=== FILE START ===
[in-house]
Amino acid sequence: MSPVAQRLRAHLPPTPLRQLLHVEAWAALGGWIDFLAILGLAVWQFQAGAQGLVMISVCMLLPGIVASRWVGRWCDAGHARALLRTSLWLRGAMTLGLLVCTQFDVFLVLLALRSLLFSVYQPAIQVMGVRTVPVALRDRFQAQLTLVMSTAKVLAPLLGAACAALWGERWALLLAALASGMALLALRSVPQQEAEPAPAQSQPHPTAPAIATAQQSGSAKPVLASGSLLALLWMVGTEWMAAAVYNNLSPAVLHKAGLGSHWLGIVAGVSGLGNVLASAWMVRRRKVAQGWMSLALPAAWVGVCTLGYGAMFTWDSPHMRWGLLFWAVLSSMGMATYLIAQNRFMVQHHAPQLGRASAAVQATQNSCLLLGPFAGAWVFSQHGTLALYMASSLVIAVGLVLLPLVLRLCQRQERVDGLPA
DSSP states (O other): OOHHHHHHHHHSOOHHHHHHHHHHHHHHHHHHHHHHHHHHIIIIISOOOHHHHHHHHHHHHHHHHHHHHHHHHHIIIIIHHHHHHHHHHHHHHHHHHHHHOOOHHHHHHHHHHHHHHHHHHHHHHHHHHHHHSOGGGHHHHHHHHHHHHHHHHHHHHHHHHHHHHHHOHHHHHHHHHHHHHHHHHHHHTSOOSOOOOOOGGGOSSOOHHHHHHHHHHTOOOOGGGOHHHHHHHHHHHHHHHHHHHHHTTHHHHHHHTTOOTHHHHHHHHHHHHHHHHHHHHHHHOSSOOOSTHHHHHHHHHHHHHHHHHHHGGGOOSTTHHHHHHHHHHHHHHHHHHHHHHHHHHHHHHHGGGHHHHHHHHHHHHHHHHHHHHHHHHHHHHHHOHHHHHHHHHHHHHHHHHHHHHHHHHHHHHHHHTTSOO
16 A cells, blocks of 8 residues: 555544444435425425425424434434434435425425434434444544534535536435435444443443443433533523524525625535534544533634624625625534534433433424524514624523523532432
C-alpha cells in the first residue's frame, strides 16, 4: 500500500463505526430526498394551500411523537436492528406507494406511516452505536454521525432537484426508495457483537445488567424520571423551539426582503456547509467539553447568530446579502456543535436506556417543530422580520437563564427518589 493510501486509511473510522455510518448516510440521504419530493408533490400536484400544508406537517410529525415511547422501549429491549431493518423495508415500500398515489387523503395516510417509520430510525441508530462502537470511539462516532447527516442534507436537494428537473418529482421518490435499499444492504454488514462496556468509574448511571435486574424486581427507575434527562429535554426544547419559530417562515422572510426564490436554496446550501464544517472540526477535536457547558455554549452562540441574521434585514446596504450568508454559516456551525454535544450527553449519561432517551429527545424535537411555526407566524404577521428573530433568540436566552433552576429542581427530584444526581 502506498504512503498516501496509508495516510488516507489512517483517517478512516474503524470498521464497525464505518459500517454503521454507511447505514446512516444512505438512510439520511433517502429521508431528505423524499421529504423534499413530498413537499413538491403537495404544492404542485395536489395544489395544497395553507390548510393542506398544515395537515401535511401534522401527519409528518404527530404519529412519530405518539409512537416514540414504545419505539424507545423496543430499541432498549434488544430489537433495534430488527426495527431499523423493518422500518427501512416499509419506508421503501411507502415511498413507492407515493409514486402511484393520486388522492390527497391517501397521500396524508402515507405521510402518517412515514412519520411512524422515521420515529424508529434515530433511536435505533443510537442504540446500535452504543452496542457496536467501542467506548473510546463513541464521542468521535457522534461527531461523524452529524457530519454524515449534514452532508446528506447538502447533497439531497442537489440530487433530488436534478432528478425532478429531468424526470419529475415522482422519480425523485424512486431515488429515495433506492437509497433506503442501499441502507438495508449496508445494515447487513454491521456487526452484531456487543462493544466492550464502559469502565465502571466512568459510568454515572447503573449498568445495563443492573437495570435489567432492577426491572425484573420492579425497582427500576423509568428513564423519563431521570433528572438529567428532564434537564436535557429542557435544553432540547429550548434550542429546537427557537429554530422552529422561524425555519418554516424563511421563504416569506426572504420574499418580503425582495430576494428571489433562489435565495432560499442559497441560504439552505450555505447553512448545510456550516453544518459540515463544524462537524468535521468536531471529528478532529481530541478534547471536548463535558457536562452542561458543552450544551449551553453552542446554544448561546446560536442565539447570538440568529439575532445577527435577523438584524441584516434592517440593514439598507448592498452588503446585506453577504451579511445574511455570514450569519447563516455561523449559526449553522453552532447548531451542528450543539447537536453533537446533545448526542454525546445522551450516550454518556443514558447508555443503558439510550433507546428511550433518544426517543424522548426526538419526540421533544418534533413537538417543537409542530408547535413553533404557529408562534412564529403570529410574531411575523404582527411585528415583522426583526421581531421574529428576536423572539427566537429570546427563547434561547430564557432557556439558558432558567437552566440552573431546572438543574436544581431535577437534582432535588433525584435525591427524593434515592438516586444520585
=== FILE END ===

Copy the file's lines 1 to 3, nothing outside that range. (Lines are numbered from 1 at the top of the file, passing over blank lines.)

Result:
[in-house]
Amino acid sequence: MSPVAQRLRAHLPPTPLRQLLHVEAWAALGGWIDFLAILGLAVWQFQAGAQGLVMISVCMLLPGIVASRWVGRWCDAGHARALLRTSLWLRGAMTLGLLVCTQFDVFLVLLALRSLLFSVYQPAIQVMGVRTVPVALRDRFQAQLTLVMSTAKVLAPLLGAACAALWGERWALLLAALASGMALLALRSVPQQEAEPAPAQSQPHPTAPAIATAQQSGSAKPVLASGSLLALLWMVGTEWMAAAVYNNLSPAVLHKAGLGSHWLGIVAGVSGLGNVLASAWMVRRRKVAQGWMSLALPAAWVGVCTLGYGAMFTWDSPHMRWGLLFWAVLSSMGMATYLIAQNRFMVQHHAPQLGRASAAVQATQNSCLLLGPFAGAWVFSQHGTLALYMASSLVIAVGLVLLPLVLRLCQRQERVDGLPA
DSSP states (O other): OOHHHHHHHHHSOOHHHHHHHHHHHHHHHHHHHHHHHHHHIIIIISOOOHHHHHHHHHHHHHHHHHHHHHHHHHIIIIIHHHHHHHHHHHHHHHHHHHHHOOOHHHHHHHHHHHHHHHHHHHHHHHHHHHHHSOGGGHHHHHHHHHHHHHHHHHHHHHHHHHHHHHHOHHHHHHHHHHHHHHHHHHHHTSOOSOOOOOOGGGOSSOOHHHHHHHHHHTOOOOGGGOHHHHHHHHHHHHHHHHHHHHHTTHHHHHHHTTOOTHHHHHHHHHHHHHHHHHHHHHHHOSSOOOSTHHHHHHHHHHHHHHHHHHHGGGOOSTTHHHHHHHHHHHHHHHHHHHHHHHHHHHHHHHGGGHHHHHHHHHHHHHHHHHHHHHHHHHHHHHHOHHHHHHHHHHHHHHHHHHHHHHHHHHHHHHHHTTSOO